corporal two shillings, setgeants two
shillings  and eight pence, troop ser-
If you desire
any Information
Concerning thisdistrict
drop me a line and I
will cheerfully give
you any particulars I
can.
Town Lots or
Mining Properties
Handled on commie
sion. If you have
either to sell or wish to
invest, write me.
There are
some splendid
openings
here for various businesses.       Write for
particulars.
R, P. PETTIPIEOE,
Ferguson, E C.
The
Ferguson
Eagle
Published at the office, Victoria
Ave., Ferguson, B, C, every
Wednesday.
Authentic
fllining fietxts
of the Hafdeaa
and Trout bake
Districts
will be its mission, and
the interests ot these
districts will be its sole
duty first, last and always. Properties now
being operated will be
visited and accurate reports of development
given. Being published
right in tlie centre of
the present activity it
will prove a valuable
medium to advertisers,
The Eagle will grow as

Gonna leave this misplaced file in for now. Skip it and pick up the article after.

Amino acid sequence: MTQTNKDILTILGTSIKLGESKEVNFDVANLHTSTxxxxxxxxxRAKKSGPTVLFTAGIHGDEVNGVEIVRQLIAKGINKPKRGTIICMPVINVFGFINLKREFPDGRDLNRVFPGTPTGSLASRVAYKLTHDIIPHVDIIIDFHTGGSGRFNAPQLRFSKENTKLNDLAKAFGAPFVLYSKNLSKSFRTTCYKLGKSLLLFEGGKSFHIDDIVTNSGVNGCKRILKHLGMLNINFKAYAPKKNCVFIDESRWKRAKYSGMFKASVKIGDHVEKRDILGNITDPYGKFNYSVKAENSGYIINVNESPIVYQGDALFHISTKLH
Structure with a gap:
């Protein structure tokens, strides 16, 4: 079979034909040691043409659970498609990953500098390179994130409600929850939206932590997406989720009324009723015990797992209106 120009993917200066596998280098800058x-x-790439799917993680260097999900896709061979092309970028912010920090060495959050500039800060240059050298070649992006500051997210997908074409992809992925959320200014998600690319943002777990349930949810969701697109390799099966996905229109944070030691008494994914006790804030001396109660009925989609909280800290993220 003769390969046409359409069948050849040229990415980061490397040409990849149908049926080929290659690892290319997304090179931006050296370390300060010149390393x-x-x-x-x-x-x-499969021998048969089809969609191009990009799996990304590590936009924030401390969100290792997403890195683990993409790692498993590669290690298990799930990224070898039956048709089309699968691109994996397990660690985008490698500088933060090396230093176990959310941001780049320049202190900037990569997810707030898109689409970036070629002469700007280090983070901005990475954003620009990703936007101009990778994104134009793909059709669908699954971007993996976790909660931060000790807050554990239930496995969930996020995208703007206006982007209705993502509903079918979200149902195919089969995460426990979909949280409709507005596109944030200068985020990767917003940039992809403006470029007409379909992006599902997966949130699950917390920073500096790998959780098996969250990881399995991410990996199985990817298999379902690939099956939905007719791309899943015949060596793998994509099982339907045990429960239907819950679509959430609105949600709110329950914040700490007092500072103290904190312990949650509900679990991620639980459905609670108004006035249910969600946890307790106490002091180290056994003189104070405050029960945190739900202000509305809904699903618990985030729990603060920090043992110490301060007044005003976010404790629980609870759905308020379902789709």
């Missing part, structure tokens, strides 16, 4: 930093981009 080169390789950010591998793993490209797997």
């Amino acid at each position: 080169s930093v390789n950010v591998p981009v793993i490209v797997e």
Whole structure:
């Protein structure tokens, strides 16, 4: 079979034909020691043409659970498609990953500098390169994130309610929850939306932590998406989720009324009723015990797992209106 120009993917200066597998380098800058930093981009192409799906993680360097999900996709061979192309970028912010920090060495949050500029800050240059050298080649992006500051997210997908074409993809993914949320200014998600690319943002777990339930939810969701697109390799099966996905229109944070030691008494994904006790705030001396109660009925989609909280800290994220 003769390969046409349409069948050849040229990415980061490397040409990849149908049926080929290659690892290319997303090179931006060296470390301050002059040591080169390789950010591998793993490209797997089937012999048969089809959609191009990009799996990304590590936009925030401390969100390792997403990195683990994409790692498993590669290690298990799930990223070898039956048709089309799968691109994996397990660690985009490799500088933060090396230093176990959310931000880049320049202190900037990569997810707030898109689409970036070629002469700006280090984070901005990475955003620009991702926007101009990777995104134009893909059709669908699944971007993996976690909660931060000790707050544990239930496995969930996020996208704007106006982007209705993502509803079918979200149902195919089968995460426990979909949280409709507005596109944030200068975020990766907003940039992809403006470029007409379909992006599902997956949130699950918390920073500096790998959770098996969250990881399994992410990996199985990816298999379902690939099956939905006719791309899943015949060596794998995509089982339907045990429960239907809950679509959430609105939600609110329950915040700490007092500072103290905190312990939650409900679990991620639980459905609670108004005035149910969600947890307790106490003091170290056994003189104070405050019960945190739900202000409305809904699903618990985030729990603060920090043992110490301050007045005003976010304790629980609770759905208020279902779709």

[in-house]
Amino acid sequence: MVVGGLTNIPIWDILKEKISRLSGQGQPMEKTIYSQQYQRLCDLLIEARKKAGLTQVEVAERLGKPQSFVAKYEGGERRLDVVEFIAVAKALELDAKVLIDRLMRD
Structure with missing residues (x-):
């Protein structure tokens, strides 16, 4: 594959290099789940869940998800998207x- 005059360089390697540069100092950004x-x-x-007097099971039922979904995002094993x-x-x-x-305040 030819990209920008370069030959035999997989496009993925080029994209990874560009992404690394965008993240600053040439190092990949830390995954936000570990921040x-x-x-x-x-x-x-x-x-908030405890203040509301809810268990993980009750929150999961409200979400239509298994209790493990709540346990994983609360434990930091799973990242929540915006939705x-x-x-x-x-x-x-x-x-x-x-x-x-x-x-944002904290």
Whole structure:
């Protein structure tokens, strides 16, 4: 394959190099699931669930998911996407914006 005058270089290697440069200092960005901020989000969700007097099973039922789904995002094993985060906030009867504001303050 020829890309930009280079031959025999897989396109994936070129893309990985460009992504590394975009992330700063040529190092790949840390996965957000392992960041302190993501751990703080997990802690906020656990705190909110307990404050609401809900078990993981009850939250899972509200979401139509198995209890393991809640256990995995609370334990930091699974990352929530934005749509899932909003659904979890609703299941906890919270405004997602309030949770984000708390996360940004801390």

fast as the promising
district in which it is
published.
Subscription,
$2.00 per annum
geant-major three shillings and 10
pence, squadron sergeant-major four
shillings and four pence This may be
supplemented by a grant from the Canadian government sufficient to bring
the pay up to that paid the Canadian
militia, which is about the same as the
mounted police rate.
If a man is unlucky it worries him,
and if he is lucky then he worries because he is afraid his luck will turn
against him.
moke
oyal
paper.
"No pav, no
Will be sent to Ave ad
dresses for $7.50. Old
country subscriptions,
$3.00.' Help the district,
help the publisher, help
yourself.
Commercial
Job Printing
Of every description executed on shortest notice
at    moderate    prices.
' Mail orders solicited.
Address���
THE
FERGUSON   EAGLE,
Ferguson, B. 0.
and Little
Qem
Union
Made
By The
Ferguson,
B.C.,
Reasons why
The Eagle is in
the District
TO STAY
Nelson, B. C.
See that the  Blue Label
is on each box.
Ferguson (its nest) is
not a "'boom" town, or
boomerang; but a steady
growing mining camp